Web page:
It may be that Shikago’s biggest contribution to the Loop dining scene is during lunch. This is not to underplay the dinner, which David Tamarkin thought was excellent, but where else downtown can you get a Korean-style short rib sandwich with kimchee ($7.49), pho ($3.89/$4.89), samosa ($2.50), Thai beef salad ($7.45), and unagi maki ($6.95), all from the same high-quality location? Yes, and they have bento boxes available, too. These are not the cheapest prices we’ve ever seen for these items, but you also don’t work on Argyle Street. Can dream, though.
Let’s say you’re staying for the weekend in the W Hotel and amble downstairs for dinner. What do Kevin and Alan Shikami (yes! That’s why it’s called Shikago!) have in store for you? For starters, the starters: of the thirteen on the menu, five are available as half-sized tasting portions. We think this is great, because it enables so much more sampling without the additional effort confusion of a small-bites menu or the like. Participating appetizers include duck soba noodles with confit, grilled breast, shitake, scallion, tomato, spinach, sesame and ginger ($9 tasting, $15 full) and a Vietnamese spring roll with bulgogi marinated grass fed red angus ribeye, green and sweet papaya, mixed greens, siracha, garnished with zucchini namul ($5 tasting, $9 full).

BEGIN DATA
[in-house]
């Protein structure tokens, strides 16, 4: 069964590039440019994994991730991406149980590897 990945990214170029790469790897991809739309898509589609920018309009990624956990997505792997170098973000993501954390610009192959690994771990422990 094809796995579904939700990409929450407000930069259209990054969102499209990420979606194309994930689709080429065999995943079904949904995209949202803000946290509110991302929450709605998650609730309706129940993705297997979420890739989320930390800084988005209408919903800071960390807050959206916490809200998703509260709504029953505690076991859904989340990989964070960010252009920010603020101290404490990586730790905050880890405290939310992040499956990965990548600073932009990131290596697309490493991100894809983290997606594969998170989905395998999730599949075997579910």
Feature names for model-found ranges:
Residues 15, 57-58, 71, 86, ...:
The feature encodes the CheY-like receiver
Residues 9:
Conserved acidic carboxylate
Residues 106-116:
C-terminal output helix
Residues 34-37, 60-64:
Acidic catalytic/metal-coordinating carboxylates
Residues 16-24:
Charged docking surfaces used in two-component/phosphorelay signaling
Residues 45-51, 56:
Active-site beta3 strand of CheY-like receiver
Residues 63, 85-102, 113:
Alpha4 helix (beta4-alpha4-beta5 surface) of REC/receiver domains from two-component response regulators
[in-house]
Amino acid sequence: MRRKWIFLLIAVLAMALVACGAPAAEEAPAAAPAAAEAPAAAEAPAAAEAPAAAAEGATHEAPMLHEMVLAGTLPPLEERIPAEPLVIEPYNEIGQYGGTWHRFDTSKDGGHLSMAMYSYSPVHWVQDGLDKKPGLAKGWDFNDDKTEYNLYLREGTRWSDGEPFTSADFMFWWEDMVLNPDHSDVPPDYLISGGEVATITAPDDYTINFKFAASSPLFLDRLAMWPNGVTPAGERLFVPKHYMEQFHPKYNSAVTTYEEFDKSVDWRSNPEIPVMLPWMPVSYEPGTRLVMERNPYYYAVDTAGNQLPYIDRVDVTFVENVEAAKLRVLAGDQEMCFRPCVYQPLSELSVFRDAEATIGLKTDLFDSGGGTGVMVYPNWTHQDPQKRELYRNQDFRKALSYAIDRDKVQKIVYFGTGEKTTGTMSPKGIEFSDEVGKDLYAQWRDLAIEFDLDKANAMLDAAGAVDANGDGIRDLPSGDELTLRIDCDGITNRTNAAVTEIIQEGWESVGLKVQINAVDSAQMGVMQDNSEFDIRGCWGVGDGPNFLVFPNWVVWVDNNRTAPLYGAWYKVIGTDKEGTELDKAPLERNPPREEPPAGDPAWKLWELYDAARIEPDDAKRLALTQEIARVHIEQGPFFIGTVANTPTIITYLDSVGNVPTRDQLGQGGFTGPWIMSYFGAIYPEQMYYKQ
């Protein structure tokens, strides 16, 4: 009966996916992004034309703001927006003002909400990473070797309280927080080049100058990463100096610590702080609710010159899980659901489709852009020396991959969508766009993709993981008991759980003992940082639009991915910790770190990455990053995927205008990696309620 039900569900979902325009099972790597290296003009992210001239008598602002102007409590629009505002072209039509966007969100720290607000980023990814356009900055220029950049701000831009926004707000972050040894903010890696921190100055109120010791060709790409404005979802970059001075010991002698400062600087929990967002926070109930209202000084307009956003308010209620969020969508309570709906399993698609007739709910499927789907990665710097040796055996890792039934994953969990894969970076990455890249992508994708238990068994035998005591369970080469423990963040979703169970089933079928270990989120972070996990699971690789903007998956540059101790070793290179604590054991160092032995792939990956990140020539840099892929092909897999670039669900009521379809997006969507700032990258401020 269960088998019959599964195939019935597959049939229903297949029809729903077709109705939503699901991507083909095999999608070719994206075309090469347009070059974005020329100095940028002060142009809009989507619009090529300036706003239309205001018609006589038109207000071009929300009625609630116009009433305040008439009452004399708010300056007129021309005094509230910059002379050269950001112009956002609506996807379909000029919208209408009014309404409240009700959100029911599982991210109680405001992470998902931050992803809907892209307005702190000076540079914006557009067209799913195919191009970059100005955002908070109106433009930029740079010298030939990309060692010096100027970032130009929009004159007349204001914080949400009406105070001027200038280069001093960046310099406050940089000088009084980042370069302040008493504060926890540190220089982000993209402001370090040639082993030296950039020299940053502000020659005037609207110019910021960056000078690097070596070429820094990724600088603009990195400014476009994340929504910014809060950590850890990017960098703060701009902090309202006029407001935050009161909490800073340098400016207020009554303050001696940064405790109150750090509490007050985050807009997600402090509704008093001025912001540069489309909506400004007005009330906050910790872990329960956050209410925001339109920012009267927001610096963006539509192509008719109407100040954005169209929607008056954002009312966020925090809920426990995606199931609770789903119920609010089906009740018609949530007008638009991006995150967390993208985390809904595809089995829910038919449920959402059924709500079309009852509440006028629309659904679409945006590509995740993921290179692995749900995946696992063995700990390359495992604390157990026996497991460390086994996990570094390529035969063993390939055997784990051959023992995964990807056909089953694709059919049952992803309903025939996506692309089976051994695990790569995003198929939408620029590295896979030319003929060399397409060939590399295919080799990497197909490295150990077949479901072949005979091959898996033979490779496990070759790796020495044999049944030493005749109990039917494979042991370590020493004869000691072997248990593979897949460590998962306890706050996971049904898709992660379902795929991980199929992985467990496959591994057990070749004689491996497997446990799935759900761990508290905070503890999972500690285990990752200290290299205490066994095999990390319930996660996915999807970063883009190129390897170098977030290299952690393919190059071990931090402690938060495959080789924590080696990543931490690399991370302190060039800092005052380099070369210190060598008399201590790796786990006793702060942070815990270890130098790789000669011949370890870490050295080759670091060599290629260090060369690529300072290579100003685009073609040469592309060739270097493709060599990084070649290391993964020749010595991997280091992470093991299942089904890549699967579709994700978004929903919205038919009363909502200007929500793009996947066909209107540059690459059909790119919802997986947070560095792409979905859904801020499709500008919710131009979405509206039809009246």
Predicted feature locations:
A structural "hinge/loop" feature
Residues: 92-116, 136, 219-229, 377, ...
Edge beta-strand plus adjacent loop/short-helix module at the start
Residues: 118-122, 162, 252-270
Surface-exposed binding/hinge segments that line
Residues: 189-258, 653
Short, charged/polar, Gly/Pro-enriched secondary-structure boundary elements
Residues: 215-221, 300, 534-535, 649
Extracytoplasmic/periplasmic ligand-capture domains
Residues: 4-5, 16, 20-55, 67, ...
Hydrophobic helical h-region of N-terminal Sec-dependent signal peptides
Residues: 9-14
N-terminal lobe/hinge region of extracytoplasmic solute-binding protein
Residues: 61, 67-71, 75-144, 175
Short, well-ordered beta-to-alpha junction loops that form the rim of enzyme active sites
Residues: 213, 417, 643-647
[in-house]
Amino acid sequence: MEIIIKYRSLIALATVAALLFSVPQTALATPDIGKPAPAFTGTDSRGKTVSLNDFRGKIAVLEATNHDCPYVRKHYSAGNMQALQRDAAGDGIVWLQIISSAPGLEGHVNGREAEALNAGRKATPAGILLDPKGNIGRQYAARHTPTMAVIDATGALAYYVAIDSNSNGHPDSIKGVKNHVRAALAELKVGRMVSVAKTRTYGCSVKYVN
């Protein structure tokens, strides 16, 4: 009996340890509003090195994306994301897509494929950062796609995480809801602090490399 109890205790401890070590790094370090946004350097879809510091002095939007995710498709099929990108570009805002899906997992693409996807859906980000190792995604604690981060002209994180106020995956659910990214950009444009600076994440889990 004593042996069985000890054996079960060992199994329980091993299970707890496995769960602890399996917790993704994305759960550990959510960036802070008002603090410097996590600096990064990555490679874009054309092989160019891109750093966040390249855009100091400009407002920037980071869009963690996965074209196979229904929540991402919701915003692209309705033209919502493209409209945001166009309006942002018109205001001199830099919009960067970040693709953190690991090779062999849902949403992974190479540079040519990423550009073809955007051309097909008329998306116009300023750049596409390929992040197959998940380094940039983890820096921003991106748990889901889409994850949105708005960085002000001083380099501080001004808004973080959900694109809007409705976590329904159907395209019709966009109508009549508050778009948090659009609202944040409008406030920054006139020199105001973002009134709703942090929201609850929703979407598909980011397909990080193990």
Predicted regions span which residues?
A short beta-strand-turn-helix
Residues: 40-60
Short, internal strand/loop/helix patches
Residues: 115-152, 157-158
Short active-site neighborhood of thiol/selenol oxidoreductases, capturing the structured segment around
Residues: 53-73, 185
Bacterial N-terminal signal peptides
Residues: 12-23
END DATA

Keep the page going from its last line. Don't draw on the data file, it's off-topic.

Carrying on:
Do those prices seem reasonable? Yeah, and it continues through the mains. Nothing is over $18, which surprised us. The two most expensive entrees (one of which we mentioned yesterday) are a Shaking Beef Tenderloin with hoisin, ginger, chili, soy, carrot, bok choy, sesame, herbs and scallion potato pancake and a Roasted Monk Fish with mushrooms, roasted red potatoes, spinach, sesame, scallion and toasted almonds. Asian, but not exclusively Asian. On the lower end of the scale, a warm Chinese roasted pork salad in sesame vinaigrette with mixed greens, spicy peanuts, tomato, orange, Chinese broccoli and cucumber for $13 sounds like a bargain.
Mr. Tamarkin was especially enamored with pastry chef Catherine Miller’s desserts, like the yummy-sounding coconut soup with toasted almond financier, watermelon ice, yuzu curd and yogurt creme glace ($8).
Between all this stuff and a decent maki menu, everyone’s sure to find something they like, even if not the name of the restaurant.